Thankfully, Band of the Hand is cleanly bisected into two parts of extremely unequal entertainment value. The idea of the second half is that the kids have had the balls to cut it in the jungle (even though I’ve noticed no change in their behaviour, I do not possess the wise soul of Stephen Lang), but will they have the balls to cut it in Miami? In order to test this, Joe has leased a dilapidated old house from the city (supposedly for a dollar a year) that’s overrun with chickens and crackheads while also housing a family of Haitians. He’s in hot water with the government, who believe that this dumbass program doesn’t work (well, I never!) and are threatening to pull the plug on the whole thing. To make matters worse, it turns out the house they so callously stole from people who actually needed it falls on the territory of one Cream (Laurence Fishburne, sporting a rather fetching hi-top hairdo), a notorious pimp and pusher who just so happens to be in cahoots with the aforementioned coke-snorting Satanist currently using Carlos’ girlfriend as his sex slave. Cream isn’t taking too kindly to the fact that this Hollywood Indian and his band of underwear models are setting up shop in his neighbourhood, and soon you have a turf war.
In a post-ironic world, the last half of Band of the Run would be the entire movie. The jungle training would comprise of a three-minute montage and the part where roving packs of interracial street gangs dressed like Carmen Miranda take on the director of Rabbit Hole with shovels would be the main event. Perhaps not coincidentally, this would also make Band of the Hand a significantly better movie. It all takes itself very seriously but also wastes half of its runtime on the least productive bit of character development imaginable. It feels somewhat miraculous when shit actually starts to go down, but it also feels like too little, too late. Fishburne and Remar are pretty damn great in the realm of overly eccentric villains (Remar spends one scene eating cocktail shrimp, clad in a black toga) but they’re squaring off against five cardboard cutouts from a magazine spread. All I want to see is some juvenile delinquents shooting at drug dealers. Is that too much to ask?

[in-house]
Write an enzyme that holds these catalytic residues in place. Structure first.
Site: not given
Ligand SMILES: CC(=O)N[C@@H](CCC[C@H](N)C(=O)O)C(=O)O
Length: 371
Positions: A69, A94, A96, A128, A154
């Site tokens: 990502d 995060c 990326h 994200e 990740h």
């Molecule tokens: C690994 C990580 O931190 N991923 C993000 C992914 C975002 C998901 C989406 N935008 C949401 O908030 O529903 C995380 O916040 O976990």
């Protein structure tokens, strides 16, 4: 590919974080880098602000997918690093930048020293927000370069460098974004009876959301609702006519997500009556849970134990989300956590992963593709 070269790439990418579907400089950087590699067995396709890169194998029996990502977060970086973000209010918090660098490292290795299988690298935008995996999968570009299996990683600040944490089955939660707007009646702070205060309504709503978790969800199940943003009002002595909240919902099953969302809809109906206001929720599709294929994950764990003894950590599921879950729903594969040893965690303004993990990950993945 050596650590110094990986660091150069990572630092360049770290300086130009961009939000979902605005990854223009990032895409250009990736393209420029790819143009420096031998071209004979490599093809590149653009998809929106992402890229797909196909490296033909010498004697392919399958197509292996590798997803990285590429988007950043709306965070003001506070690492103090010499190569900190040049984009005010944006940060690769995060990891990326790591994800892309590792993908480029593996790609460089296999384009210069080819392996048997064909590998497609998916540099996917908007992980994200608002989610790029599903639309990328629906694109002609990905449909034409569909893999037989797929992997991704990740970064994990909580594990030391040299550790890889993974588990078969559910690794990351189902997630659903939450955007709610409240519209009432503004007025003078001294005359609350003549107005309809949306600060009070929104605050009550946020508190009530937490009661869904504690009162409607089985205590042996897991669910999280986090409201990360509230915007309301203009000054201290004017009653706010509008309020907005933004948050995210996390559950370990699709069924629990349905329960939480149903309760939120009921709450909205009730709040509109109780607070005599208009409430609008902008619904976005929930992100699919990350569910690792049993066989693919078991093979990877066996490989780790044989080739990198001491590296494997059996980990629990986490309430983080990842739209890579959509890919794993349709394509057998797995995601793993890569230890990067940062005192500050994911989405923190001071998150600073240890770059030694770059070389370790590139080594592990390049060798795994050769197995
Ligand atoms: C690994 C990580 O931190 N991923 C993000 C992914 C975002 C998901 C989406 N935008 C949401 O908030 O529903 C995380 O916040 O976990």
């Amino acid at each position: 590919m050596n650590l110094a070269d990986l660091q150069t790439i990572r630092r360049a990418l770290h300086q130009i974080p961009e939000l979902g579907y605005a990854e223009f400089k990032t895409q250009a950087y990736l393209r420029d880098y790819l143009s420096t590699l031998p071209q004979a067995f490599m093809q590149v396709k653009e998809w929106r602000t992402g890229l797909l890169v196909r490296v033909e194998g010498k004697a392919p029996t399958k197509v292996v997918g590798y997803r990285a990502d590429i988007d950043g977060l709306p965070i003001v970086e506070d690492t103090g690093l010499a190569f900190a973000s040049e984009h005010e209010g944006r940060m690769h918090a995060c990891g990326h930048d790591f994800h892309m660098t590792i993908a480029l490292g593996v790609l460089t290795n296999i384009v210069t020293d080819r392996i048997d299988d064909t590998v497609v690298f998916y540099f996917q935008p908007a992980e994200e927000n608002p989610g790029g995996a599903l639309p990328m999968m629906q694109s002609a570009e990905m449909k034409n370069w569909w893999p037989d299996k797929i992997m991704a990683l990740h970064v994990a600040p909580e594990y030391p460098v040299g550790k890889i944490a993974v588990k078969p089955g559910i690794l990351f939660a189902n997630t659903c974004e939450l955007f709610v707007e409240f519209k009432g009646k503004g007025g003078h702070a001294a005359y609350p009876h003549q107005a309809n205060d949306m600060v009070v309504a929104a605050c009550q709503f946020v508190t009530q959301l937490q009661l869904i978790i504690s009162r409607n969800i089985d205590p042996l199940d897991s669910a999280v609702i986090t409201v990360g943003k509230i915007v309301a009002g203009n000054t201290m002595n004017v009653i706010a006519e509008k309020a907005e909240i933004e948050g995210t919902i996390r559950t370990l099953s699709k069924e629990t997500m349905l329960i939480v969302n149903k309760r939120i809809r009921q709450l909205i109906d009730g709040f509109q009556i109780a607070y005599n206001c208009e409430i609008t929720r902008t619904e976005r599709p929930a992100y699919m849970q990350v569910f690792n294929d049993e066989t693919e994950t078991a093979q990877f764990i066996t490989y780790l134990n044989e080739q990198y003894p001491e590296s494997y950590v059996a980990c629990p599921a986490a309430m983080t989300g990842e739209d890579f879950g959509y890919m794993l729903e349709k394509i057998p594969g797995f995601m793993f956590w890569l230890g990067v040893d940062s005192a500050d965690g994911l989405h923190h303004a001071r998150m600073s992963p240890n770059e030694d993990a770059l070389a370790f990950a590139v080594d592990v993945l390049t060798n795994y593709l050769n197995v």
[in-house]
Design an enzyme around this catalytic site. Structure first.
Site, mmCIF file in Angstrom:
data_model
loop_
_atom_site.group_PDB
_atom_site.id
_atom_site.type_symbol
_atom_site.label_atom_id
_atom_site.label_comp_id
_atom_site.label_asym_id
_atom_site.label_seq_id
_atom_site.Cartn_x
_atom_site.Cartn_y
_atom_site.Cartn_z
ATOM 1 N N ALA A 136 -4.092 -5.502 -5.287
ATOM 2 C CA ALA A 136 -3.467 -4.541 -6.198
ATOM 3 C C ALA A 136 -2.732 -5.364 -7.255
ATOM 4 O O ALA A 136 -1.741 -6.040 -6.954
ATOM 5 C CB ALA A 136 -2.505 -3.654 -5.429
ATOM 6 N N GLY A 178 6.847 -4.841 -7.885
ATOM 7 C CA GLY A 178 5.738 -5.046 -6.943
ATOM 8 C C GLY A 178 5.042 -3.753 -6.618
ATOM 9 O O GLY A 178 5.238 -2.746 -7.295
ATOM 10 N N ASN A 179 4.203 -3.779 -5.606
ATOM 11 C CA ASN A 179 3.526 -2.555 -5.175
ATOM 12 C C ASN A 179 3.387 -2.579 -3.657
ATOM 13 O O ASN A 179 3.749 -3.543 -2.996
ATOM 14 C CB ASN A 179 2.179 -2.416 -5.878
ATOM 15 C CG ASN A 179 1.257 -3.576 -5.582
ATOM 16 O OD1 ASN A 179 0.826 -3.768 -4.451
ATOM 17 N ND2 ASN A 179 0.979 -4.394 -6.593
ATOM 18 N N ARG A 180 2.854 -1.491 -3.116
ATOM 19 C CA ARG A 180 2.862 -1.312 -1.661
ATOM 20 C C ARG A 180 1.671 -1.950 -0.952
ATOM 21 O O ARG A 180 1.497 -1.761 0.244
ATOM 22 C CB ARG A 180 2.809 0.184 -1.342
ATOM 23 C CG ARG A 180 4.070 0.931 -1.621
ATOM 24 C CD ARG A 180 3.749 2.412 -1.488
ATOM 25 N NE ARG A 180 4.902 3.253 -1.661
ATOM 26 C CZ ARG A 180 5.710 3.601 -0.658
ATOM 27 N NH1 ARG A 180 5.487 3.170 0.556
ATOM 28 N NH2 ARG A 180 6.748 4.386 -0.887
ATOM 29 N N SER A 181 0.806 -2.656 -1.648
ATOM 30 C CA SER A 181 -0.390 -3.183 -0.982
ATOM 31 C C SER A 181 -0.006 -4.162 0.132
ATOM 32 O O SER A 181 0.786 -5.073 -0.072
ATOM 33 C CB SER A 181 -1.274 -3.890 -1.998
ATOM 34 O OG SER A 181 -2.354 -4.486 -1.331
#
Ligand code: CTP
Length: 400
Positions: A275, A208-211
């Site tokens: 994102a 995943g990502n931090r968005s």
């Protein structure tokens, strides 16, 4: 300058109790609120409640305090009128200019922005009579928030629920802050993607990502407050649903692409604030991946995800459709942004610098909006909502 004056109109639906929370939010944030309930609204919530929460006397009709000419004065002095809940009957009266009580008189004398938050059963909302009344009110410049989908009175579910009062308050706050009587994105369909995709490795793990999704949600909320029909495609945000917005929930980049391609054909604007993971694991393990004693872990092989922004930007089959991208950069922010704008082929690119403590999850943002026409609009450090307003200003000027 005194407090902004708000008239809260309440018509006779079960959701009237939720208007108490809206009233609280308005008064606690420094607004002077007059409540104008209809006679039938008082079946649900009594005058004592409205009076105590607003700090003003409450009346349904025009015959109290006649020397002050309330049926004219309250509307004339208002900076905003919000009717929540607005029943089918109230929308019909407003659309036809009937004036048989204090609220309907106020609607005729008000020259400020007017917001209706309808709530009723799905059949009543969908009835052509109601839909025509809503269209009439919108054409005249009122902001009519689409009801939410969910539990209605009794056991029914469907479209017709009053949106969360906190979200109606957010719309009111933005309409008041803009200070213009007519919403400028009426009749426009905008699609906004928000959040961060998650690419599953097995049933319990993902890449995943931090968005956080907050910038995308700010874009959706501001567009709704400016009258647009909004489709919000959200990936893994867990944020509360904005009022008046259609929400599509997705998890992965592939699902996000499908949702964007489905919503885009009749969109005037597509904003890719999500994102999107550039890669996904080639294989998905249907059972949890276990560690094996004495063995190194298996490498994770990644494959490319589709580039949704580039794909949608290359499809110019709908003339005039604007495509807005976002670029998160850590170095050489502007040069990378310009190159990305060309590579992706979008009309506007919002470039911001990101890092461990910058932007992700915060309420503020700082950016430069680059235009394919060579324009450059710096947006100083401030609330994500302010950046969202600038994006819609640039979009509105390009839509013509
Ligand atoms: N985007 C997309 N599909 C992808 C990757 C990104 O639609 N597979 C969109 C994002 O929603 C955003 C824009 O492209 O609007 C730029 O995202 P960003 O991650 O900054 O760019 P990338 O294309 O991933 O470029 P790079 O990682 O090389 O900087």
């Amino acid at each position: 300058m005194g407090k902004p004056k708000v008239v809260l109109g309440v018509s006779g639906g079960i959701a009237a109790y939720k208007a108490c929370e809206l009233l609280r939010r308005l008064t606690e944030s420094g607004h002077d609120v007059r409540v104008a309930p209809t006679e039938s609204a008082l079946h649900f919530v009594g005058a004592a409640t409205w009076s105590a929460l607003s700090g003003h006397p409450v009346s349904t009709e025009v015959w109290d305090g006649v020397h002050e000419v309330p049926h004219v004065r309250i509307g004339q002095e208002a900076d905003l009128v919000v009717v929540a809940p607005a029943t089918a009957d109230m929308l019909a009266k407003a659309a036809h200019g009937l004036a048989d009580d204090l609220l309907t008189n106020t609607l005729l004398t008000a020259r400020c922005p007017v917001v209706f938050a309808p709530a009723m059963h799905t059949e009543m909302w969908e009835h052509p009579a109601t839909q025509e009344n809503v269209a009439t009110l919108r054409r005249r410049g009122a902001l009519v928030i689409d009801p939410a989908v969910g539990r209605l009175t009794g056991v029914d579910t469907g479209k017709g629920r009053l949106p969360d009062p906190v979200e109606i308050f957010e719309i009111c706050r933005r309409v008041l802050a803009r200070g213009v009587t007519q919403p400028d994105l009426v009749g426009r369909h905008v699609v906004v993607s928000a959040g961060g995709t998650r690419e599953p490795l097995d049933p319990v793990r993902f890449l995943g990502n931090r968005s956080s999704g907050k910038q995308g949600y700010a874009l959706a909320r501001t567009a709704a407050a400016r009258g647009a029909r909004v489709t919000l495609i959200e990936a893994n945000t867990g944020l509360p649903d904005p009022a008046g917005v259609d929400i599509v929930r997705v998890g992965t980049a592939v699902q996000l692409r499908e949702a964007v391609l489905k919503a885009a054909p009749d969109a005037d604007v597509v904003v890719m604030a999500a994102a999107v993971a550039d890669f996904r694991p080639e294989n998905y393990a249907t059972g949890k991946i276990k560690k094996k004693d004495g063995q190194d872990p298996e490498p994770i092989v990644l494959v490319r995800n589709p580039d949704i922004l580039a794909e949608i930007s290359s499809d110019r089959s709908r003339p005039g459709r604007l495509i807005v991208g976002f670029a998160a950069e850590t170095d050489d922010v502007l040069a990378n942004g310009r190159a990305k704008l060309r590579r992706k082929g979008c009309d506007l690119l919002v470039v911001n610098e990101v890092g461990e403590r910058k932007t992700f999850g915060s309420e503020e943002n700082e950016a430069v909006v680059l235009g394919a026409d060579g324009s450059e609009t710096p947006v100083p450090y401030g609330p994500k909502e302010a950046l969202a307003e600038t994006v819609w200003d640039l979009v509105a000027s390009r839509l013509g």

I’ve noticed that there’s a disturbingly detailed Wikipedia article that sums up pretty much every shot in this movie that you can peruse at your own disposal, so I’ll make it quick. After yet another overlong training sequence (Jesus fucking Christ) and ridiculous dialogue like ‘Let’s retake the house. Again!’, they decide to re-take the house (again). Cue the movie that everyone wanted Band of the Hand to be. Cars explode, appropriately relatable characters die tragically and the film briefly inhabits that Red Dawn-esque overlap between deadly serious and ball-shatteringly dumb. For what’s essentially an 80’s action movie in the purest sense (no shirts, racially insensitive, the timeless Mr. Mister track Broken Wings used to underline a dramatic passage), the film spends a disturbingly minute amount of time being inappropriate and awesome. Whether this is due to a slight on the filmmakers’ part (i.e. suckage) or simply a sign of the times is still up for debate.